Daniel, Forever Sliding

Water and electricity hold a common trait.
They both follow the path of least resistance.
A woodsy farm house hill flood.
Moving wet boxes
out of the pavement cold storage room.
That dank, mildew smell
that can only resemble cat piss.
They had drawn a tub
but had forgotten to turn off the water,
and went to rent a video.
The bottom fell out of the one his mother carried.
Daniel looked at a pile of photographs
and noticed the lives he hadn’t seen.
Lumped up lines
in a bathroom stall at a bar.
Daniel in the second one.
The toilet flushed six times
before the couple left.
Daniel saw, in that stall
trace whites
on top of the toilet paper dispenser.
He wet a square with the bowl water
and wiped the square along the dispenser.
And then we wiped himself.
Daniel, ear-marked fox,
wax-winged American,
purveyor of the acceptance binge
felt the greased force-love
of the sniffers.
He took four shots of Bulleit
and saw himself
in the cool sunrise on the river.
To be like water
is to be dimensionless and forever sliding,
dousing true fires,
whetting lips,
raising the hillside green-grove,
to seep and pool in collected force,
dripping against stark cliffside’s,
in the clear blue of the pool blue,
Daniel with Lloyd, pretending
they were synchronized swimmers,
stoned and throwing a ratty dark yellow tennis ball.
It skidding against the surface.
There’s a difference in
“being like water”
“being as water”,
Daniel noted.
And water, like electricity
or anything else for that matter,
can kill you.
And though,
this thought bored him,
he was not as bored by the thought,
that you can turn on all the lights
in the house before you fall asleep,
as Daniel did,
but when your eyes were closed,
they’re off.
She opened her jack-o-lantern
with a serrated blade.
The other girl pointed this out to her,
but the first didn’t know the difference.
Daniel cut into his with a long clean blade,
from a set his father bought
when he was eighteen.
He didn’t know the names of any of the blades.
He knew their uses.
The second girl decided to make hers spooky.
The first decided to make hers a self-portrait.
They asked Daniel what his plan was.
He said
“it would reveal itself”
and the girls looked at each other,
and synchronized, they rolled their eyes.
When they were done, they looked at Daniel’s pumpkin
He had carved the image of a large dog.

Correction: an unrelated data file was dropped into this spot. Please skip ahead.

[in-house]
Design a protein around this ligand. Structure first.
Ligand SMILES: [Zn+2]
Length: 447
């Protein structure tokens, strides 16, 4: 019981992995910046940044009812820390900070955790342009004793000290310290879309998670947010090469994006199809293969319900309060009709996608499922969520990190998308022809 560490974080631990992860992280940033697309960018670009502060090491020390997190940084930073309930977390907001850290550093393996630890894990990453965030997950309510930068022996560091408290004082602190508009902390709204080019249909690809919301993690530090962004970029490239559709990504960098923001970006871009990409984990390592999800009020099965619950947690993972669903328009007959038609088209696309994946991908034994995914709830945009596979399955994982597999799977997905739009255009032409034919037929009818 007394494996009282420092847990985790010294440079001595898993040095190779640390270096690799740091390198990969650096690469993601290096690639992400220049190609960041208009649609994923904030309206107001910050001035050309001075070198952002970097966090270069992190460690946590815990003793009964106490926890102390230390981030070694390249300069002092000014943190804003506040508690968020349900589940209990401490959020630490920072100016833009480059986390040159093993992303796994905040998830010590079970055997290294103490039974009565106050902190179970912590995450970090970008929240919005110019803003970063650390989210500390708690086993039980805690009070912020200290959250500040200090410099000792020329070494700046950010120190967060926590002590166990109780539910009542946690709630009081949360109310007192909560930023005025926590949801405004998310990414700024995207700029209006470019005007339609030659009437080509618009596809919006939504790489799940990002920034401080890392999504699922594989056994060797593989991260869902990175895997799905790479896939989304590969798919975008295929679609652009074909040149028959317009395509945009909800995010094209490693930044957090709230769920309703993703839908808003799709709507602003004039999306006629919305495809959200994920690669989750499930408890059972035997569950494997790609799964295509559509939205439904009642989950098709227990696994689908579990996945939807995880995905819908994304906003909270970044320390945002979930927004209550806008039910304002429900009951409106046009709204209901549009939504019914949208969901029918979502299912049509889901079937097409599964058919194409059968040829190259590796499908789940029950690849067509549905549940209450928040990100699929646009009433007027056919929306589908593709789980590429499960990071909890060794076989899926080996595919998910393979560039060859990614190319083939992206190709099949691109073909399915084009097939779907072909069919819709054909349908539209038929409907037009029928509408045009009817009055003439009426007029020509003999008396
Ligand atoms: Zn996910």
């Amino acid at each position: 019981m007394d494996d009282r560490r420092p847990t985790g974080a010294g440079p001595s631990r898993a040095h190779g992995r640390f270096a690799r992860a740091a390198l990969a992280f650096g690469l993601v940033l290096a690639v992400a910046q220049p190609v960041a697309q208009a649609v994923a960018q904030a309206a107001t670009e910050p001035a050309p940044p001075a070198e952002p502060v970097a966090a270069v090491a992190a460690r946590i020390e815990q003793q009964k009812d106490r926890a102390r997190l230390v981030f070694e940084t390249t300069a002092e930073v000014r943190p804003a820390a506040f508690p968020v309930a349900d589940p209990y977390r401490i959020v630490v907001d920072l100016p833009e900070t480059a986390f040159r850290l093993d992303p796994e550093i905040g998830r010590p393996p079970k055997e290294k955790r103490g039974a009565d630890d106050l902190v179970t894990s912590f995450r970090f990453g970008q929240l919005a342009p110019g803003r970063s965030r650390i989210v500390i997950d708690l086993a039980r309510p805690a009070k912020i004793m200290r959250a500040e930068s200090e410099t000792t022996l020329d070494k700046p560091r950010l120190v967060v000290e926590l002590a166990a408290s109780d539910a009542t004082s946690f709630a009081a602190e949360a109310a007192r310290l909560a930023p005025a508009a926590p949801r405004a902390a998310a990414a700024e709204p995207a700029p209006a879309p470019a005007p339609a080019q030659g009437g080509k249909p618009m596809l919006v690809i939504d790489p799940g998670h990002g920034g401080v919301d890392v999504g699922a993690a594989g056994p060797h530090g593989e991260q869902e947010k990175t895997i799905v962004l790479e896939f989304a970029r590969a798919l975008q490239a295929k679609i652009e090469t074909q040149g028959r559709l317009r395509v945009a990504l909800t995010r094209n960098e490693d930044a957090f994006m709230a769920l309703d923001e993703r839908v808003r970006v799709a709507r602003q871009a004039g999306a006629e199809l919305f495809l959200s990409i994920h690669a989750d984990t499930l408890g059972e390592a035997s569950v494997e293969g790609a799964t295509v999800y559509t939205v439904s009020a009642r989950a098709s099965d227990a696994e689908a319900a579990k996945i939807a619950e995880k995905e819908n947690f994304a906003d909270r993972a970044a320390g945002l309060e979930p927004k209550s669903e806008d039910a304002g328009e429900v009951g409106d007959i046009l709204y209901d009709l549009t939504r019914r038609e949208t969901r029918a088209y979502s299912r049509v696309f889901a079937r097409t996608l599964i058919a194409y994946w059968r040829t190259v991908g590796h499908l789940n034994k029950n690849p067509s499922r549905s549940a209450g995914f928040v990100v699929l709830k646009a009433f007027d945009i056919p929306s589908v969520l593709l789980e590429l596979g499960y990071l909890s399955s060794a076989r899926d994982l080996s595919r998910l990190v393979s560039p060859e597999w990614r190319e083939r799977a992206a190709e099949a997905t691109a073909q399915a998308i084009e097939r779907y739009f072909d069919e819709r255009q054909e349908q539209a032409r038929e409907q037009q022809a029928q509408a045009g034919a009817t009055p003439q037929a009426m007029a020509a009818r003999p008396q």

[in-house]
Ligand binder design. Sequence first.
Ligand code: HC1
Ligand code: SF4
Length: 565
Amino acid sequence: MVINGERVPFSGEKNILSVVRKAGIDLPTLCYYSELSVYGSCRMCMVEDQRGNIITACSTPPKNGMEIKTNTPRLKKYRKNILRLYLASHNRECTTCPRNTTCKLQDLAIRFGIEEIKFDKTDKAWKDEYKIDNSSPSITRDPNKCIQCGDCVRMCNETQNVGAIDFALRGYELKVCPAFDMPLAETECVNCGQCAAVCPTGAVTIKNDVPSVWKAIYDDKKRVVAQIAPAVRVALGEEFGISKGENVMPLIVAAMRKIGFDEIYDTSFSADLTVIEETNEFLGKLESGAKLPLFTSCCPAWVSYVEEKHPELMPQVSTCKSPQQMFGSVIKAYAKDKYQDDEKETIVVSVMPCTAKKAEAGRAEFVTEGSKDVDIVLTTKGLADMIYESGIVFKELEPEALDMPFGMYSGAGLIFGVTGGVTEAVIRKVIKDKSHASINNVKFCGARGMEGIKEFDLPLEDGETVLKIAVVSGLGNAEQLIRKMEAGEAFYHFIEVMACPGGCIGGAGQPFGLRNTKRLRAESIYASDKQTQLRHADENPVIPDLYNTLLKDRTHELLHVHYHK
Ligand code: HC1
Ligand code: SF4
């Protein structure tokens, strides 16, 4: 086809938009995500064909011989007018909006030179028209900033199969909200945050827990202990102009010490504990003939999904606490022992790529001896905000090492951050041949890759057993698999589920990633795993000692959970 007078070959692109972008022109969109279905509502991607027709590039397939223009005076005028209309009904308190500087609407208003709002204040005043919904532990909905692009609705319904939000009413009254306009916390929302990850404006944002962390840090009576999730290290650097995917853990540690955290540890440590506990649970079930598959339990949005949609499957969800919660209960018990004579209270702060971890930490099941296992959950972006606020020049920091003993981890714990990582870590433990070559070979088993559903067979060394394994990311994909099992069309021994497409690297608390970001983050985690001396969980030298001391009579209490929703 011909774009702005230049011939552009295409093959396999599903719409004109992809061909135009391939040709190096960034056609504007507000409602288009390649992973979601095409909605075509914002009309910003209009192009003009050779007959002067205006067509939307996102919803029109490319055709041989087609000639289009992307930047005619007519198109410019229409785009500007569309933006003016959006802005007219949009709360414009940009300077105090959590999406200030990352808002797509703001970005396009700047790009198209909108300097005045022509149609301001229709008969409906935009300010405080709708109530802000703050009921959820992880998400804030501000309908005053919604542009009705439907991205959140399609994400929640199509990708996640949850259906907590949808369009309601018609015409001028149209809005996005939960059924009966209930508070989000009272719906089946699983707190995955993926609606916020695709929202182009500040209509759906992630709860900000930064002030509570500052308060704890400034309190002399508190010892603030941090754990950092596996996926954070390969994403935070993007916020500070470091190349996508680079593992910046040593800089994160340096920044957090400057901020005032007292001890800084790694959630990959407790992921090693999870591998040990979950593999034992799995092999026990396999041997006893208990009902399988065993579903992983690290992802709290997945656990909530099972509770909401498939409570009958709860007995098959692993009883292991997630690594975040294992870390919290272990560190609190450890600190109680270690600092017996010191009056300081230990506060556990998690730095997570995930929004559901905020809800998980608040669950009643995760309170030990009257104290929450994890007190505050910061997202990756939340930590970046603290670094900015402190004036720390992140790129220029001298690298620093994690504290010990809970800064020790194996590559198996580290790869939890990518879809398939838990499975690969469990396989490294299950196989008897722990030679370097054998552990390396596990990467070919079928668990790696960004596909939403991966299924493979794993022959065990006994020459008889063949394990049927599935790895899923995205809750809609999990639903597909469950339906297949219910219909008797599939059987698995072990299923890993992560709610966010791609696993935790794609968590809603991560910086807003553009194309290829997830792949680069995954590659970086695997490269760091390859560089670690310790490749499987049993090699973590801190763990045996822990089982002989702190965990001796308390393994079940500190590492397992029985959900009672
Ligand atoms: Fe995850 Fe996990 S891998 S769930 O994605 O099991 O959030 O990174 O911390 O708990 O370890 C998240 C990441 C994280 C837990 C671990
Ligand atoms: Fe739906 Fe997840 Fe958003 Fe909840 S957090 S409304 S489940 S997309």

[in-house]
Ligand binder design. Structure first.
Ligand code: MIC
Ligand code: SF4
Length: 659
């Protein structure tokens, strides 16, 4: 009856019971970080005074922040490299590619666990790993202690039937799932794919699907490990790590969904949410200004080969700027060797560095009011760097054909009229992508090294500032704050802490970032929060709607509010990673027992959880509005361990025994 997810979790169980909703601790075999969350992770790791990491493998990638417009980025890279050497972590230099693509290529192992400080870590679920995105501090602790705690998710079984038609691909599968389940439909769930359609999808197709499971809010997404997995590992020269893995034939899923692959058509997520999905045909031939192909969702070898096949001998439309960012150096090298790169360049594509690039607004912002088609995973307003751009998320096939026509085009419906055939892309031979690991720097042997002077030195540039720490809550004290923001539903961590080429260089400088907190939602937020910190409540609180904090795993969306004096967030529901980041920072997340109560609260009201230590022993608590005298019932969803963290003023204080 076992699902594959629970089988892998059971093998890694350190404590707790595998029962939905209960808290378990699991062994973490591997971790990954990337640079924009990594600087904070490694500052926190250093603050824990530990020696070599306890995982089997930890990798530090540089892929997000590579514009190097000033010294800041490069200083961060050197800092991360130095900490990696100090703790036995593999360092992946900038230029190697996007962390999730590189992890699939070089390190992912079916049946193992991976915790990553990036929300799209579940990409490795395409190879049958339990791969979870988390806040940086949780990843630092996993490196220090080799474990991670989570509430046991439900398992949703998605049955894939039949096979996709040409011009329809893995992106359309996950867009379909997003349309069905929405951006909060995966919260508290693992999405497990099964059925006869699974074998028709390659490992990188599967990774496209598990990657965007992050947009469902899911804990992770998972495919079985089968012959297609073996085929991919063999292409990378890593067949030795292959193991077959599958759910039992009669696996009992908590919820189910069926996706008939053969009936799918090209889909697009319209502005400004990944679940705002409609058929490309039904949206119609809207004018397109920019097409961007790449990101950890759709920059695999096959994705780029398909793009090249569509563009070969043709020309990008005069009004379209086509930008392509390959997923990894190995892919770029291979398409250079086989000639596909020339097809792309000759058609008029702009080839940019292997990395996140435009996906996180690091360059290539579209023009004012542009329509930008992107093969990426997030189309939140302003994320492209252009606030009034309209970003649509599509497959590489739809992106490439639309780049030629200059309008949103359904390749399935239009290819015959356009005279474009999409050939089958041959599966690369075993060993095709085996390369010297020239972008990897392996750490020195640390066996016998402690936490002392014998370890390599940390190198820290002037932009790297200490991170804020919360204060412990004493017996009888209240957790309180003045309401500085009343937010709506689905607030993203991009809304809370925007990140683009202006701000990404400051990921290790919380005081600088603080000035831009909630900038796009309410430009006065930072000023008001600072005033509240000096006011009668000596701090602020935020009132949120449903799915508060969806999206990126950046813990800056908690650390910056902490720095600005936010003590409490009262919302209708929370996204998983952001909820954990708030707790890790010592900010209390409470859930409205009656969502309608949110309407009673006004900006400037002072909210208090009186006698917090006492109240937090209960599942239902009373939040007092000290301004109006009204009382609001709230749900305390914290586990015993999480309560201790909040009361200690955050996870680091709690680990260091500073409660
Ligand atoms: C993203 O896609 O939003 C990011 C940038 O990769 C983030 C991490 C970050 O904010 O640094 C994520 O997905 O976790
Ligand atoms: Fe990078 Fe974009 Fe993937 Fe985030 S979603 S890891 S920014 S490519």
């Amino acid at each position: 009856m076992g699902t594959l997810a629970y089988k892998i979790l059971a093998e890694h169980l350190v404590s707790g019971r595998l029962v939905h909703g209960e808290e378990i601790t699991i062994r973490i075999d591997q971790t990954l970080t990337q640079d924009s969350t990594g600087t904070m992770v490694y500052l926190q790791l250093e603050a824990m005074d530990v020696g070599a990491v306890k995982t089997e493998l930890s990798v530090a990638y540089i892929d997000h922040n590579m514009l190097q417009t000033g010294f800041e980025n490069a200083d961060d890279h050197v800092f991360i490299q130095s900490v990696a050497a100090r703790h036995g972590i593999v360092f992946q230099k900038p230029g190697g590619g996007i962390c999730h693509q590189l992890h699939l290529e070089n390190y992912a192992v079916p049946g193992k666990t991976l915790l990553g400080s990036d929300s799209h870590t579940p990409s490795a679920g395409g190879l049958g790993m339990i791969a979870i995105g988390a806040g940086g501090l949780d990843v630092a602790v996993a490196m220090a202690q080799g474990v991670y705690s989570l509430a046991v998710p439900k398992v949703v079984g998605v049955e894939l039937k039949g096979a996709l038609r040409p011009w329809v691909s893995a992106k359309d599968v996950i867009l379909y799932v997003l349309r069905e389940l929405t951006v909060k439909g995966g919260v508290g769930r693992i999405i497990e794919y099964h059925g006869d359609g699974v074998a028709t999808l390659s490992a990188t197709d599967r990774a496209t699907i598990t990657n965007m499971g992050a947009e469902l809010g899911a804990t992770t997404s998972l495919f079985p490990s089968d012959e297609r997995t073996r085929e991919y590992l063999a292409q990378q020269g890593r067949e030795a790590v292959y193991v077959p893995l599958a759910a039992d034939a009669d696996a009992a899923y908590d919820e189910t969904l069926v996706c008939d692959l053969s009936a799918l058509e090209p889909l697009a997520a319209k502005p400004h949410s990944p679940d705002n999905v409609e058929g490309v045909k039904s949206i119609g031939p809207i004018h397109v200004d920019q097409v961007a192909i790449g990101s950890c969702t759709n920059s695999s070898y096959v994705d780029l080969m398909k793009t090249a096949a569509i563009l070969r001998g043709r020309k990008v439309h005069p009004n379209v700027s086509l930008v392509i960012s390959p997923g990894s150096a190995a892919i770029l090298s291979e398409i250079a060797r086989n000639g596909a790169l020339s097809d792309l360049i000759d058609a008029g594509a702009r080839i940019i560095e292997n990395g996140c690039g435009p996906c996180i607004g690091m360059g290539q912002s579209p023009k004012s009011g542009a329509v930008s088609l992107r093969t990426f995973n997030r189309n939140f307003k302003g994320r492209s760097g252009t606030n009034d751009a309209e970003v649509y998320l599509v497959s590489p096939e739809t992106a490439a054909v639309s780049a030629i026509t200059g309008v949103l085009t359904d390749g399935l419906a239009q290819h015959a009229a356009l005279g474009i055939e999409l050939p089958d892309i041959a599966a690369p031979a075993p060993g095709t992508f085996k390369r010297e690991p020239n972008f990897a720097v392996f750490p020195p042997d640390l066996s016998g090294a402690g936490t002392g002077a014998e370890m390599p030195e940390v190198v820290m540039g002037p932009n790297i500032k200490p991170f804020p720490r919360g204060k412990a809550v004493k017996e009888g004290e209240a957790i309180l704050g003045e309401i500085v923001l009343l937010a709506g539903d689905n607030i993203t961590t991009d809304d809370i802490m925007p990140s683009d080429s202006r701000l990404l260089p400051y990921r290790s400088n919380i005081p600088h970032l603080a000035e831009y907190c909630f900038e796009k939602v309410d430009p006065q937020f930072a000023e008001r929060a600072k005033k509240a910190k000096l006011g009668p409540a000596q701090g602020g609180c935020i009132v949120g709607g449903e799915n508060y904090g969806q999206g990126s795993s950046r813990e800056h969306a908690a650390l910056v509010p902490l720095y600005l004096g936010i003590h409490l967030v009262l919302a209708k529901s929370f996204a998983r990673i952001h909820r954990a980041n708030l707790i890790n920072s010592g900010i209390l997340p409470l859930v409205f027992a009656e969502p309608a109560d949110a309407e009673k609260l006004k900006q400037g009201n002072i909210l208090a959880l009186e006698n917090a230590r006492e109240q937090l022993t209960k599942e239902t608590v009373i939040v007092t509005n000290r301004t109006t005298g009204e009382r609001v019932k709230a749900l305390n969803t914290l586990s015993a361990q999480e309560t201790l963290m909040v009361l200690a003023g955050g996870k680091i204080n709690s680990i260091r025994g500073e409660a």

The dog was normal except for the wings.
They asked him questions.
Daniel didn’t listen.
He couldn’t hear their words,
over the sound of the water
rushing over his hands,
lapsed and drawing towards the center of the sink.
He had carved a hole in the pumpkins side,
enough space to mount a spare electrical outlet.
Without words,
the girls watched him wire the pumpkin.
He plugged it in.
They watched together
as the pumpkin began to glow,
giving their dorm room
without a candle or a bulb,
a hue of heaven’s orange.
Its wings began flapping.
The pumpkin broke through the kitchen window
and flew into the night.
Wet wood under boots
makes a satisfying half-crunch
makes wet splinters over wet stones
Daniel wants to be “like water”,
not to live as water.
Daniel reflecting in the world
as whatever type of light
was attracted and reflected to him
an endless series of mirrors within mirrors
forever in love with mutual recognizance.
Daniel saw friends swaddle themselves,
couples swaddle each other,
the young families he knew,
making one big swaddle too,
grandparents joining under the dry warm blankets,
aunts and uncles
cousins and neighbors
bound together
tight and secure in community
a home like a glove.
At the nature conservancy,
Daniel is watering the flowers,
Daniel waters the flowers,
Daniel watered the flowers,
Daniel there forever,
or, for a moment.
There’s no difference
as in being as yourself for ever
or being like yourself for a moment.
Daniel humming to himself in tune to the hum
of the lights above him,
Daniel finding harmony,
finding a tune,
Daniel a small voice under many drops of rain.

Daniel like water.


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